Through all this, Jaspal firmly refuses to let Ranjana get a job because the women in his family never work! If Balram cannot work, he will paint and sell his paintings. In the meantime they must all survive – on air, I assume! Needless to say, I was all ready to administer some much needed smacks to Mr. Thakur Jaspal Singh. But Ranjana took action herself. Instead of trying to batter some sense into her father’s head, she sought a teaching job. As luck would have it, she lands a better paying job as a companion to Rupa (Nigar Sultana), the spoilt daughter of the new owner of Sheesh Mahal - Durgaprasad (Mubarak). Ranjana then goes home and presents her family with fait accompli. The smart girl does not reveal the name of her employer, but does assure her father that she will keep her proud lineage a secret. Jaspal is not reconciled, but withdraws his opposition when Ranjana entreats him on behalf of Nalini’s half-starving child.
Ranjana starts her job in Sheesh Mahal, and makes an instant hit with Rupa and her Mom (a very young Leela Mishra). The son of the house - Vikram (Jawahar Kaul) – is much struck by her beauty, but when she tells him off for being rude to her, he isn’t quite so smitten anymore. His vague affront hardens into dislike when he discovers a letter calling her to an assignation later that night. He follows her to her assignation, and discovers his mistake. The letter was written to Rupa and Ranjana discovered it in the pocket of her dressing gown while ironing it. She then kept the tryst in Rupa's stead, by the simple expedient of locking the latter up in her bedroom!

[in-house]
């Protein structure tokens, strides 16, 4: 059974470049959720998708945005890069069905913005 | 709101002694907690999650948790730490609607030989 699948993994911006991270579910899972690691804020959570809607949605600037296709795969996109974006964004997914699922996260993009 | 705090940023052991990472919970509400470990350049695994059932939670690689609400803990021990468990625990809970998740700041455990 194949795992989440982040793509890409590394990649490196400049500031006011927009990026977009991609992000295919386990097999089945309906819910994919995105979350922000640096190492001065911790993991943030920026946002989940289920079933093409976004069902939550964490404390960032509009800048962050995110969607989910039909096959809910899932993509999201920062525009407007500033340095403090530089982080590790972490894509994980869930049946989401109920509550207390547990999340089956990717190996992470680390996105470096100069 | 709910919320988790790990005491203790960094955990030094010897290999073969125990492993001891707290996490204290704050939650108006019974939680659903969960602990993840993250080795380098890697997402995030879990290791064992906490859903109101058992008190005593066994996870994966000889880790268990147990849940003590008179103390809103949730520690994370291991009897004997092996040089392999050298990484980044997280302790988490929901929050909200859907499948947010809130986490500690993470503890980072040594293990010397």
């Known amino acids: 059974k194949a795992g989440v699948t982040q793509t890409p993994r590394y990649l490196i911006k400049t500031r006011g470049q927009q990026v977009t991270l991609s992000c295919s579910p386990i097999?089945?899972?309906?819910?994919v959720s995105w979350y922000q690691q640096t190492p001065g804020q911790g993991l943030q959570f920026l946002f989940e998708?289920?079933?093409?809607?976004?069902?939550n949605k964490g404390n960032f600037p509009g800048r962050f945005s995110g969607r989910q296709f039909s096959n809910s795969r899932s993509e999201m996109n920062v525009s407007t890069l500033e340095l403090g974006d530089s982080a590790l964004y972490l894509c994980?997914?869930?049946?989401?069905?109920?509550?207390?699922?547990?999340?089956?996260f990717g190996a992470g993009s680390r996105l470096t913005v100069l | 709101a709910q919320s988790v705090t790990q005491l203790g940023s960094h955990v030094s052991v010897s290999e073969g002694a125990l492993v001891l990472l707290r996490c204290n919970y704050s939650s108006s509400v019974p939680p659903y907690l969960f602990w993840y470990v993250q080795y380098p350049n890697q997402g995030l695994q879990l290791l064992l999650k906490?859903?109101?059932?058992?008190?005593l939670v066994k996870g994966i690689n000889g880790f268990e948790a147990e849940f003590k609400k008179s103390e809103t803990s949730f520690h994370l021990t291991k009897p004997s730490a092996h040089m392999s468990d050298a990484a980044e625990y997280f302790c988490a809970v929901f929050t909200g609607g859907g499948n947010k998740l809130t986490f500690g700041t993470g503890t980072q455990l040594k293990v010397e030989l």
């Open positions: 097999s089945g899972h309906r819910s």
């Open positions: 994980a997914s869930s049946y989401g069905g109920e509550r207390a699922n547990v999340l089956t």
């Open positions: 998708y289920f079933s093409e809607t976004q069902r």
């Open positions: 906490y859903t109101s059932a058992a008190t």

At the tryst, Ranjana discovers that Rupa’s lover is her own ex-fiancé, Sundarmukh! She quickly veils herself and tells him that Rupa sent her to drive him away. And she does drive him away - with the help of their dog Bahadur. But Rupa is very much in love with Sundarmukh’s sundar mukh (pretty face), and unlikely to submit to her arranged-marriage groom. She rings up Sundarmukh and the two plan to elope. Sundarmukh thinks like the villain of a regency romance - her wealthy parents will have to accept the marriage once it’s been accomplished. The elopement is planned for the one night in the week when Ranjana is away, visiting her family. But luck is against the lovers. Her father’s distressing cough prompts Ranjana to come over to Sheesh Mahal to borrow some of Mrs. Durgaprasad’s cough medicine. And she is just in time to intercept Rupa and dissuade her from eloping.
Rupa submits to Ranjana’s arguments against an elopement, but fiercely resents being forced into a marriage with someone else. Will Ranjana be able to convince her that marriage with
Pran Sundarmukh is a fate-worse-than-death? How will she evade her own troubles? After she frustrated Rupa’s elopement, the grateful Durgprasad sent her home in his limousine and Mrs. Durgaprasad lent her an expensive shawl to keep warm on the way. Jaspal sees both and immediately jumps to the conclusion that Ranjana has been performing dishonourable service for her employer! Will she be able to escape his Thakur-wrath? Will Vikram ever tell Ranjana about his growing feelings for her? Will the lovely Nalini stop singing sad songs? And most importantly, will somebody finally whack some sense into the annoying Thakur Jaspal Singh? All your questions will be answered - just visit Sheesh Mahal. :D
The performances are very stagey, in the way of pre-50s films. That, and the music, give it the distinct feel of a 40s film. For the rest, it’s a fairly progressive film. While Jaspal represents the worst of silly, retrogressive ideas, the rest of the characters stand up very articulately for sensible and modern ideas. Apart from being peopled with likeable characters, it's also a very fast-paced story with great dialogues, lavish sets, lots of beautiful people, and lovely songs. This being a Sohrab Modi film, there are lots of long speeches, usually delivered by him in his booming voice. He does spout the most annoying nonsense about honour and pride, but I must confess that I love the way he delivers his lines! Besides, since the film is staunchly against the views his character espouses, those speeches aren’t really all that annoying, after all.
And don’t forget to check out Pran in an unusual romantic duet...